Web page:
Water-Related News

Tampa Bay’s future water supply likely to be river to tap

An impasse over a proposed groundwater project and the high cost of desalination limited the options.

CLEARWATER — Skimming and treating more from the Alafia and Hillsborough rivers and Tampa Bypass Canal emerged Monday as the leading choice to bolster the region’s future drinking water supply.

The plan — to expand the existing, 20-year-old surface water treatment plant in Tampa or build a brand new plant near the C.W. “Bill” Young Regional Reservoir — is the least costly of the three alternatives that had been under consideration by Tampa Bay Water. The regional utility has been studying ways to add 10 million gallons a day to the drinking water supply by 2028 to serve Pasco, Hillsborough and Pinellas counties, and the cities of New Port Richey, Tampa and St. Petersburg.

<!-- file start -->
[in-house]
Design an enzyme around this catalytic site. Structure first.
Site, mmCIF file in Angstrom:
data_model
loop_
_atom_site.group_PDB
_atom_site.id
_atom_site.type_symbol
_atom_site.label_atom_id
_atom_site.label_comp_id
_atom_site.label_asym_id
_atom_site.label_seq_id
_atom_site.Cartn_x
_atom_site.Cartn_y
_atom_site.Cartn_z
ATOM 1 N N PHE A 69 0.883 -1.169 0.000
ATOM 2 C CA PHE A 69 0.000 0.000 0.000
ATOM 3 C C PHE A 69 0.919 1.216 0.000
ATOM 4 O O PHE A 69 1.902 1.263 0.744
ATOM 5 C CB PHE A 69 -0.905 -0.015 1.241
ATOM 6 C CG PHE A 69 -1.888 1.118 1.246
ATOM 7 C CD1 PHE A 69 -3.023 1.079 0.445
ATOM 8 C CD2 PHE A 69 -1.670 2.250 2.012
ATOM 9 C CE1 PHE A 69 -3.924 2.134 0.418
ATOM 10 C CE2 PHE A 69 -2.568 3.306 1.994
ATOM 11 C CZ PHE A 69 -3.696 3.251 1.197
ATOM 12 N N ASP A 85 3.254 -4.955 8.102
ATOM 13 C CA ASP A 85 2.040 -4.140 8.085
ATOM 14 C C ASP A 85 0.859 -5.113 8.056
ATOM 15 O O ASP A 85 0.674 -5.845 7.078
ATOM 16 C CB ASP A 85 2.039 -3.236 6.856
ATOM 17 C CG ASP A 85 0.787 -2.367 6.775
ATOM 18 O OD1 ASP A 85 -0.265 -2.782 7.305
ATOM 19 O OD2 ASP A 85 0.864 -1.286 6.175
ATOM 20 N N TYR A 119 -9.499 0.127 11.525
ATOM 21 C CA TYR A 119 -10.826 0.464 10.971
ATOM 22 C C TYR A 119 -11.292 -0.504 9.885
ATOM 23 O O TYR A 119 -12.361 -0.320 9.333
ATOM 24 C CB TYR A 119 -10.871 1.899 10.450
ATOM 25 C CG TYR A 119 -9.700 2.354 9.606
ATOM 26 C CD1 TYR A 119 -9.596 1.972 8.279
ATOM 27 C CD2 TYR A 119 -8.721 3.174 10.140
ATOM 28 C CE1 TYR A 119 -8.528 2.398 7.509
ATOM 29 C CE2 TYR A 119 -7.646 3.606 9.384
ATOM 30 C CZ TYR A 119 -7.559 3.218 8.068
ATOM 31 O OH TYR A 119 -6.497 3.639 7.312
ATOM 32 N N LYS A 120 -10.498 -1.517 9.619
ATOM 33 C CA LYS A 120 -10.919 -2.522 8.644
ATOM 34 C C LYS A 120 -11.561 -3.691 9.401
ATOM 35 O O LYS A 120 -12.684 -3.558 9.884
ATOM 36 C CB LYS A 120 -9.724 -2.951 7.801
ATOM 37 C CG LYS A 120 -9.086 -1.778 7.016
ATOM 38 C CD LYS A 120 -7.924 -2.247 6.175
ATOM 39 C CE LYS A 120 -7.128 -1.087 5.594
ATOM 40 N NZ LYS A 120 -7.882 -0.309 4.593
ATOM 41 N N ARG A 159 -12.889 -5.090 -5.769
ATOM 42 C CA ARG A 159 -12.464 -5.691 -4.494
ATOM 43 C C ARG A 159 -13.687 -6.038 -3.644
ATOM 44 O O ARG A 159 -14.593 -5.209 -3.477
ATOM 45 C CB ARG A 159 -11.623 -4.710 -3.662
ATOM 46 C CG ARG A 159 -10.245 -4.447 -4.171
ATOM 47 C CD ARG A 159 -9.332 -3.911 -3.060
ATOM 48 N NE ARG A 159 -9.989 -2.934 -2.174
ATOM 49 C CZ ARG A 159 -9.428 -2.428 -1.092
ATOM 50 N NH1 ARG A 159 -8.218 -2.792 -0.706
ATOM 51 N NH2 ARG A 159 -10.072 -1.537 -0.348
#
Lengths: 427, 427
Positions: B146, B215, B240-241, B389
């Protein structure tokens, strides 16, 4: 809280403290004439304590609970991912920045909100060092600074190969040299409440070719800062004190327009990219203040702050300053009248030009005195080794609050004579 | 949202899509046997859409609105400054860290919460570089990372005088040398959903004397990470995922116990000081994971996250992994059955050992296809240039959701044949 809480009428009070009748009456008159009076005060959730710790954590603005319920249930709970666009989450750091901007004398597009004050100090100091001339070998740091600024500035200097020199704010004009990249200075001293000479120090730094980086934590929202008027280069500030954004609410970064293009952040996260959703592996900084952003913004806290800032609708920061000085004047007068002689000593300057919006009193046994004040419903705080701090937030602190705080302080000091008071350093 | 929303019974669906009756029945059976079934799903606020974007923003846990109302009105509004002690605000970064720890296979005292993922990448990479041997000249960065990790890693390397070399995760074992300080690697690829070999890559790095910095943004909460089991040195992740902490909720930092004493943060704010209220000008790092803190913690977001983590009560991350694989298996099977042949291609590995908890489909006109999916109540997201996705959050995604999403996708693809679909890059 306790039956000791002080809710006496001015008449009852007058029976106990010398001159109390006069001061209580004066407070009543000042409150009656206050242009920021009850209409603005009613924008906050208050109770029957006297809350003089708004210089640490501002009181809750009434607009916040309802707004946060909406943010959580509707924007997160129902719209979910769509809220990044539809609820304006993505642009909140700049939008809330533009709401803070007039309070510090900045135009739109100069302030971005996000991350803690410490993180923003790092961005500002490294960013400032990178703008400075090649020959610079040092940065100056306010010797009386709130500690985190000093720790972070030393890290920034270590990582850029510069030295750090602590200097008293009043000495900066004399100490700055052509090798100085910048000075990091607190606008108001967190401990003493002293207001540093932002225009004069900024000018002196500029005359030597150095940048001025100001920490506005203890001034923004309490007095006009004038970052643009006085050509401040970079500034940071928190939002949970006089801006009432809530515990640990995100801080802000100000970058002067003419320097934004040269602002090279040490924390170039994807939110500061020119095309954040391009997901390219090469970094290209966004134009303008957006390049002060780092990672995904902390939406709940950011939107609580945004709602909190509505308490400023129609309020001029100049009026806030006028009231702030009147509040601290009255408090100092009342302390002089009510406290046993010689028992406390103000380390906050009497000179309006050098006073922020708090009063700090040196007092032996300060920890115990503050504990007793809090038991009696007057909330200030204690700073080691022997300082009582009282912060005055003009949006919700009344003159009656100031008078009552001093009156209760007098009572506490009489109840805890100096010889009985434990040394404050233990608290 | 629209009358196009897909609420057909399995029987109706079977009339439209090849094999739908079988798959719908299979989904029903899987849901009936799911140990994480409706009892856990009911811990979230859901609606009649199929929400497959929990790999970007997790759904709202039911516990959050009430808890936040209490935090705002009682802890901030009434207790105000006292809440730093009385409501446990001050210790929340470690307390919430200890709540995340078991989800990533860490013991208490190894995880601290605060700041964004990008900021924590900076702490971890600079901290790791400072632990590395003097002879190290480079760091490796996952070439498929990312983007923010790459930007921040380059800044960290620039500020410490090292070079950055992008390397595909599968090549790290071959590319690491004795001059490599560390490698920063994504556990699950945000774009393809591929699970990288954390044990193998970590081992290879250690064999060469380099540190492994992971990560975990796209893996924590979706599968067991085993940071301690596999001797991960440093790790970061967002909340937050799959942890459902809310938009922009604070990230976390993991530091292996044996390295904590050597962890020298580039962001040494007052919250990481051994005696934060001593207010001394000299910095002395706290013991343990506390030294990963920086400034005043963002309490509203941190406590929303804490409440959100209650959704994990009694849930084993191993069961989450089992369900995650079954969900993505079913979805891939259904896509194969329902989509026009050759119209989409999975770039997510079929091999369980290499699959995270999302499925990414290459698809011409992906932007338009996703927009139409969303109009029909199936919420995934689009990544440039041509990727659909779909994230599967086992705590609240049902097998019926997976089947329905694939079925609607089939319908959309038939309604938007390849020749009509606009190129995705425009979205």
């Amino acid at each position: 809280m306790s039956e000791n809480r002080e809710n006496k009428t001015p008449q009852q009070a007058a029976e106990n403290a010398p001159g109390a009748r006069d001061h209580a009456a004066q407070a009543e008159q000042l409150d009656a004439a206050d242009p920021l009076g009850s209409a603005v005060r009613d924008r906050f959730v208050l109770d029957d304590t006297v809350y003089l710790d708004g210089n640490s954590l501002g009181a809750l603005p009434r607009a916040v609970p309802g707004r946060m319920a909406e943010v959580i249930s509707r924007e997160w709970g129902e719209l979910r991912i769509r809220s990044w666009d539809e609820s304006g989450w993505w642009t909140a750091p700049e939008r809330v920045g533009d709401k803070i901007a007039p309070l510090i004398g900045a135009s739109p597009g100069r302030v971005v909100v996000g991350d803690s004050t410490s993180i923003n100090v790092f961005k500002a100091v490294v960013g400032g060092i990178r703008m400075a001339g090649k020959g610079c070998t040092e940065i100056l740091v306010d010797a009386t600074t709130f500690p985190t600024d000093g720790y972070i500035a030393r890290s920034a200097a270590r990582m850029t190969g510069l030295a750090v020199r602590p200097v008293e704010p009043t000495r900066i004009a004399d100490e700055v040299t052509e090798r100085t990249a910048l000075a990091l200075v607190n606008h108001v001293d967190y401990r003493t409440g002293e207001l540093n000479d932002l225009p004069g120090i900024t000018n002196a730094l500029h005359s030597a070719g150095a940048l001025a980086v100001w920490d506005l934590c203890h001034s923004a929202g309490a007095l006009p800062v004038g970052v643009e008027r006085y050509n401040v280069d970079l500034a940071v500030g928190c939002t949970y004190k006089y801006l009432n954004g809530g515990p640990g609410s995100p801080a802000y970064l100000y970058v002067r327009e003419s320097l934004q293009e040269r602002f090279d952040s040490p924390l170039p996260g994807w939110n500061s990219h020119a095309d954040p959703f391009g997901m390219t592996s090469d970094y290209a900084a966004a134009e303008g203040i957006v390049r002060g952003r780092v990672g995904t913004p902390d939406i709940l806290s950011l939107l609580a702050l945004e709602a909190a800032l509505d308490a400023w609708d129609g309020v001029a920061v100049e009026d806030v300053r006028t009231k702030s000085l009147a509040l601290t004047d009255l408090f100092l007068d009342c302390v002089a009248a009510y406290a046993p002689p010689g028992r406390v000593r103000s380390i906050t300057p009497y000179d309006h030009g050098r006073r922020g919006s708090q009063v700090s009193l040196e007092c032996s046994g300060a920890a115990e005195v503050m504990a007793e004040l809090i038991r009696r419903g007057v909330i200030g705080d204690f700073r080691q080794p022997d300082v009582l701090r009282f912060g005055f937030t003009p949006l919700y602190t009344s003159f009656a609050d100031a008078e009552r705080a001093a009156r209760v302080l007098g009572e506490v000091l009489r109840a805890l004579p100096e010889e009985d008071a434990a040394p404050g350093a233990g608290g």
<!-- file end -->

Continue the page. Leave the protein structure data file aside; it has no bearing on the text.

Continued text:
The alternatives dwindled Monday when the Tampa Bay Water board of directors voted unanimously to shelve a plan to build new groundwater wells in southern Hillsborough. That proposal required Hillsborough County simultaneously injecting reclaimed water at sites near the coast to shield potential saltwater intrusion and to boost the underground water levels at the new well field several miles away.